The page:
Background: Multimorbidity in allergic airway diseases is well known, but no data exist about the daily dynamics of symptoms and their impact on work. To better understand this, we aimed to assess the presence and control of daily allergic multimorbidity (asthma, conjunctivitis, rhinitis) and its impact on work productivity using a mobile technology, the Allergy Diary. Methods: We undertook a 1-year prospective observational study in which 4 210 users and 32 585 days were monitored in 19 countries. Five visual analogue scales (VAS) assessed the daily burden of the disease (i.e., global evaluation, nose, eyes, asthma and work). Visual analogue scale levels <20/100 were categorized as “Low” burden and VAS levels ≥50/100 as “High” burden. Results: Visual analogue scales global measured levels assessing the global control of the allergic disease were significantly associated with allergic multimorbidity. Eight hypothesis-driven patterns were defined based on “Low” and “High” VAS levels. There were <0.2% days of Rhinitis Low and Asthma High or Conjunctivitis High patterns. There were 5.9% days with a Rhinitis High—Asthma Low pattern. There were 1.7% days with a Rhinitis High—Asthma High—Conjunctivitis Low pattern. A novel Rhinitis High—Asthma High—Conjunctivitis High pattern was identified in 2.9% days and had the greatest impact on uncontrolled VAS global measured and impaired work productivity. Work productivity was significantly correlated with VAS global measured levels. Conclusions: In a novel approach examining daily symptoms with mobile technology, we found considerable intra-individual variability of allergic multimorbidity including a previously unrecognized extreme pattern of uncontrolled multimorbidity

Daily allergic multimorbidity in rhinitis using mobile technology: A novel concept of the MASK study

Passalacqua, G;
2018

Abstract

Background: Multimorbidity in allergic airway diseases is well known, but no data exist about the daily dynamics of symptoms and their impact on work. To better understand this, we aimed to assess the presence and control of daily allergic multimorbidity (asthma, conjunctivitis, rhinitis) and its impact on work productivity using a mobile technology, the Allergy Diary. Methods: We undertook a 1-year prospective observational study in which 4 210 users and 32 585 days were monitored in 19 countries. Five visual analogue scales (VAS) assessed the daily burden of the disease (i.e., global evaluation, nose, eyes, asthma and work). Visual analogue scale levels <20/100 were categorized as “Low” burden and VAS levels ≥50/100 as “High” burden. Results: Visual analogue scales global measured levels assessing the global control of the allergic disease were significantly associated with allergic multimorbidity. Eight hypothesis-driven patterns were defined based on “Low” and “High” VAS levels. There were <0.2% days of Rhinitis Low and Asthma High or Conjunctivitis High patterns. There were 5.9% days with a Rhinitis High—Asthma Low pattern. There were 1.7% days with a Rhinitis High—Asthma High—Conjunctivitis Low pattern. A novel Rhinitis High—Asthma High—Conjunctivitis High pattern was identified in 2.9% days and had the greatest impact on uncontrolled VAS global measured and impaired work productivity. Work productivity was significantly correlated with VAS global measured levels. Conclusions: In a novel approach examining daily symptoms with mobile technology, we found considerable intra-individual variability of allergic multimorbidity including a previously unrecognized extreme pattern of uncontrolled multimorbidity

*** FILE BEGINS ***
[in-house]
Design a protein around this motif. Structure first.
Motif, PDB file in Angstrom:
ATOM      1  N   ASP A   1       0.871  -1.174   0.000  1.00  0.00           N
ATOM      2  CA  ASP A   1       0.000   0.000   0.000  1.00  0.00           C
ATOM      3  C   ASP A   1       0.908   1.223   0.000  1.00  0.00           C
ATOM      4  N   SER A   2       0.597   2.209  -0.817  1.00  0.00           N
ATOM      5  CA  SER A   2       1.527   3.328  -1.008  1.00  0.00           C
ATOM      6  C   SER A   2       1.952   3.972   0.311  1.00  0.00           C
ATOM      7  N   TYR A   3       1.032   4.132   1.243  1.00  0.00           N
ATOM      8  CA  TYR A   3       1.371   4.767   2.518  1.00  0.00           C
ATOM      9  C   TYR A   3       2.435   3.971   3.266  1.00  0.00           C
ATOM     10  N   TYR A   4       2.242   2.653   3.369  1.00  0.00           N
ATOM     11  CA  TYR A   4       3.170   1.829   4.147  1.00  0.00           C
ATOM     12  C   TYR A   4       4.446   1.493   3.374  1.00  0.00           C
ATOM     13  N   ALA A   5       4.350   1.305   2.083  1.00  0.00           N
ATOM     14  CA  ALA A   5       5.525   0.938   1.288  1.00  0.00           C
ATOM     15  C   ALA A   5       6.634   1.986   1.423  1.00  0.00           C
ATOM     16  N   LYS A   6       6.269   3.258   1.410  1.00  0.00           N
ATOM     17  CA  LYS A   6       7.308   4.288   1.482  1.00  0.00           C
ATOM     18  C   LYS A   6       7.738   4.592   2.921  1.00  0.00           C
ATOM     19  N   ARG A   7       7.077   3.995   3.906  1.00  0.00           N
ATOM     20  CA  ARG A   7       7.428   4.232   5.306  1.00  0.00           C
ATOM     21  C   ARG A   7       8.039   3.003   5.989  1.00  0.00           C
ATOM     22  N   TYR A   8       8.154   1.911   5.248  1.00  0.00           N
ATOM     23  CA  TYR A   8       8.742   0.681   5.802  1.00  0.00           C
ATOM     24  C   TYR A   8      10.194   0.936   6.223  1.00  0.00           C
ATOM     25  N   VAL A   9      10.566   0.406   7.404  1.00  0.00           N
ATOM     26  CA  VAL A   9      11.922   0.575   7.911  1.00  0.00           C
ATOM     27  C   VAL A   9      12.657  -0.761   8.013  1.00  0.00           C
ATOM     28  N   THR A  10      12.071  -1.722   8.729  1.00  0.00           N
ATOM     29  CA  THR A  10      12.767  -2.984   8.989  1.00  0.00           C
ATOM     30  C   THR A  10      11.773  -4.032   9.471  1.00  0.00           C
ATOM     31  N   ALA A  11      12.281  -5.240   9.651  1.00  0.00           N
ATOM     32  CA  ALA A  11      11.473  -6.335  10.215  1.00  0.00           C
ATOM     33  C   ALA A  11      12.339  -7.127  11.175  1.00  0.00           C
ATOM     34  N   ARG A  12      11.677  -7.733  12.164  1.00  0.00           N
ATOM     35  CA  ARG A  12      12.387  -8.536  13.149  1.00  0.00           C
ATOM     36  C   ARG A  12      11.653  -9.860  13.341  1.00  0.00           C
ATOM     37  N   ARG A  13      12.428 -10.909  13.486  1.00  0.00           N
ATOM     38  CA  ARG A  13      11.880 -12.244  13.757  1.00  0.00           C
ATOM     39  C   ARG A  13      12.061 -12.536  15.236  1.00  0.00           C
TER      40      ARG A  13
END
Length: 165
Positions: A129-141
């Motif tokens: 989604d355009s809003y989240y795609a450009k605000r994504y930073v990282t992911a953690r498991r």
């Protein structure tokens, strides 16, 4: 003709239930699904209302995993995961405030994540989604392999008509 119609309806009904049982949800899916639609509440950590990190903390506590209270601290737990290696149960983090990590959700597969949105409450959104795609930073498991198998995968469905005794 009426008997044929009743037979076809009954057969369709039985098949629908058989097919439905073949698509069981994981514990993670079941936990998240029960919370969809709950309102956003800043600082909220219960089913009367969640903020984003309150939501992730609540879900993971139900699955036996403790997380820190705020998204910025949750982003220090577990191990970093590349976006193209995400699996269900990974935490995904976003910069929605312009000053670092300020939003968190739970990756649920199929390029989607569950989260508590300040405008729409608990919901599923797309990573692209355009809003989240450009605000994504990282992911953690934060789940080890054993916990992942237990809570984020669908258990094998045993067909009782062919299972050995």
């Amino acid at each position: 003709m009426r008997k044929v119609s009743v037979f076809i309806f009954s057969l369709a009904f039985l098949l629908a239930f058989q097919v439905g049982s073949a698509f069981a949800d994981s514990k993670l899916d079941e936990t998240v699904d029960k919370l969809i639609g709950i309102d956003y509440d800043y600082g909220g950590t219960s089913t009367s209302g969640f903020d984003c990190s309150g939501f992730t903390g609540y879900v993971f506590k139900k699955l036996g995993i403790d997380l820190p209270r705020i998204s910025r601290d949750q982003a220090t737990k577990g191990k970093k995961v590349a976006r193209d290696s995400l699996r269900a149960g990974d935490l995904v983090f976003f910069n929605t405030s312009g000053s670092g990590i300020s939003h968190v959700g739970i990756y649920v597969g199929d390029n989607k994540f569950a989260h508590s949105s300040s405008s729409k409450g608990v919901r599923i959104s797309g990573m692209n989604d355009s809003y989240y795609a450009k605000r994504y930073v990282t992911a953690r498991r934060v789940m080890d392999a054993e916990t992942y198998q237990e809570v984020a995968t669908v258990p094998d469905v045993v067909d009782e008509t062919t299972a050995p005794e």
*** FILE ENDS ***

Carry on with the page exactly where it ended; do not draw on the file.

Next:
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Utilizza questo identificativo per citare o creare un link a questo documento: http://hdl.handle.net/11567/920485
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